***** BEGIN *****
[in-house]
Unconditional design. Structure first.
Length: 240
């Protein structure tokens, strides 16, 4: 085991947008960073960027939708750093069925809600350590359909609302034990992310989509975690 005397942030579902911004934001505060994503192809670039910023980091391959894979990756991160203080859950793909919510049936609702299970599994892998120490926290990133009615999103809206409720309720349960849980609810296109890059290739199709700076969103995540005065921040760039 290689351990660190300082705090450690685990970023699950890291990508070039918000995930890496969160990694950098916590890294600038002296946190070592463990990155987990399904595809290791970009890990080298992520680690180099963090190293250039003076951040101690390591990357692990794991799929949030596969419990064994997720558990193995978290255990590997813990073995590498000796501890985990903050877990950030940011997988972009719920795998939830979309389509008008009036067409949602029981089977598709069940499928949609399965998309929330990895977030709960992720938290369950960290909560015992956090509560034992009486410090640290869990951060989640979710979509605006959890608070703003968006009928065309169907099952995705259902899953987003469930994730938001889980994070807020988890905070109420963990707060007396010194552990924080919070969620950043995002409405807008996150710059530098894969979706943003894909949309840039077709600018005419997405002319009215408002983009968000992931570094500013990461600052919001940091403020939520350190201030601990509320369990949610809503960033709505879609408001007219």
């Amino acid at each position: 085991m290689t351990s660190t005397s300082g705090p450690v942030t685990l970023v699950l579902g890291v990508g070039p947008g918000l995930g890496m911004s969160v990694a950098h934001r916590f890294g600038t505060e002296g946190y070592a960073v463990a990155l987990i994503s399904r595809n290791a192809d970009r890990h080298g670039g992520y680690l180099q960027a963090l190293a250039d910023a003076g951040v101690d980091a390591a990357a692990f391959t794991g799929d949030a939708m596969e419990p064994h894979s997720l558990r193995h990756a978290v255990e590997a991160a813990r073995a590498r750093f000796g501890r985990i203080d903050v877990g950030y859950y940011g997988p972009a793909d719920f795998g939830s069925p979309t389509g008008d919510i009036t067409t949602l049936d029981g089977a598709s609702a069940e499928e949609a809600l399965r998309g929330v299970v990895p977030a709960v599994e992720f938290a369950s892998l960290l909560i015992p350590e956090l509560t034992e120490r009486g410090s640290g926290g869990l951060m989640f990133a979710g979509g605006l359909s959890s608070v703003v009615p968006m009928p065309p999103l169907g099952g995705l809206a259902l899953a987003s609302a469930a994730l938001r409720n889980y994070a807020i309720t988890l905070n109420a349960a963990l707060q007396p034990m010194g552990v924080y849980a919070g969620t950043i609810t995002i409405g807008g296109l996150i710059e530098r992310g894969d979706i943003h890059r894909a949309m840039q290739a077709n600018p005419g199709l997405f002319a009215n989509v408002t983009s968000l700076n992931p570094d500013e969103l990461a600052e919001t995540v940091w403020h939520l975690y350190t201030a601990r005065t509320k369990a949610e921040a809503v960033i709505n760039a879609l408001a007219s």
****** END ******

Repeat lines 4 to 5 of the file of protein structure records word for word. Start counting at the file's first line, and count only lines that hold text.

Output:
């Protein structure tokens, strides 16, 4: 085991947008960073960027939708750093069925809600350590359909609302034990992310989509975690 005397942030579902911004934001505060994503192809670039910023980091391959894979990756991160203080859950793909919510049936609702299970599994892998120490926290990133009615999103809206409720309720349960849980609810296109890059290739199709700076969103995540005065921040760039 290689351990660190300082705090450690685990970023699950890291990508070039918000995930890496969160990694950098916590890294600038002296946190070592463990990155987990399904595809290791970009890990080298992520680690180099963090190293250039003076951040101690390591990357692990794991799929949030596969419990064994997720558990193995978290255990590997813990073995590498000796501890985990903050877990950030940011997988972009719920795998939830979309389509008008009036067409949602029981089977598709069940499928949609399965998309929330990895977030709960992720938290369950960290909560015992956090509560034992009486410090640290869990951060989640979710979509605006959890608070703003968006009928065309169907099952995705259902899953987003469930994730938001889980994070807020988890905070109420963990707060007396010194552990924080919070969620950043995002409405807008996150710059530098894969979706943003894909949309840039077709600018005419997405002319009215408002983009968000992931570094500013990461600052919001940091403020939520350190201030601990509320369990949610809503960033709505879609408001007219």
């Amino acid at each position: 085991m290689t351990s660190t005397s300082g705090p450690v942030t685990l970023v699950l579902g890291v990508g070039p947008g918000l995930g890496m911004s969160v990694a950098h934001r916590f890294g600038t505060e002296g946190y070592a960073v463990a990155l987990i994503s399904r595809n290791a192809d970009r890990h080298g670039g992520y680690l180099q960027a963090l190293a250039d910023a003076g951040v101690d980091a390591a990357a692990f391959t794991g799929d949030a939708m596969e419990p064994h894979s997720l558990r193995h990756a978290v255990e590997a991160a813990r073995a590498r750093f000796g501890r985990i203080d903050v877990g950030y859950y940011g997988p972009a793909d719920f795998g939830s069925p979309t389509g008008d919510i009036t067409t949602l049936d029981g089977a598709s609702a069940e499928e949609a809600l399965r998309g929330v299970v990895p977030a709960v599994e992720f938290a369950s892998l960290l909560i015992p350590e956090l509560t034992e120490r009486g410090s640290g926290g869990l951060m989640f990133a979710g979509g605006l359909s959890s608070v703003v009615p968006m009928p065309p999103l169907g099952g995705l809206a259902l899953a987003s609302a469930a994730l938001r409720n889980y994070a807020i309720t988890l905070n109420a349960a963990l707060q007396p034990m010194g552990v924080y849980a919070g969620t950043i609810t995002i409405g807008g296109l996150i710059e530098r992310g894969d979706i943003h890059r894909a949309m840039q290739a077709n600018p005419g199709l997405f002319a009215n989509v408002t983009s968000l700076n992931p570094d500013e969103l990461a600052e919001t995540v940091w403020h939520l975690y350190t201030a601990r005065t509320k369990a949610e921040a809503v960033i709505n760039a879609l408001a007219s």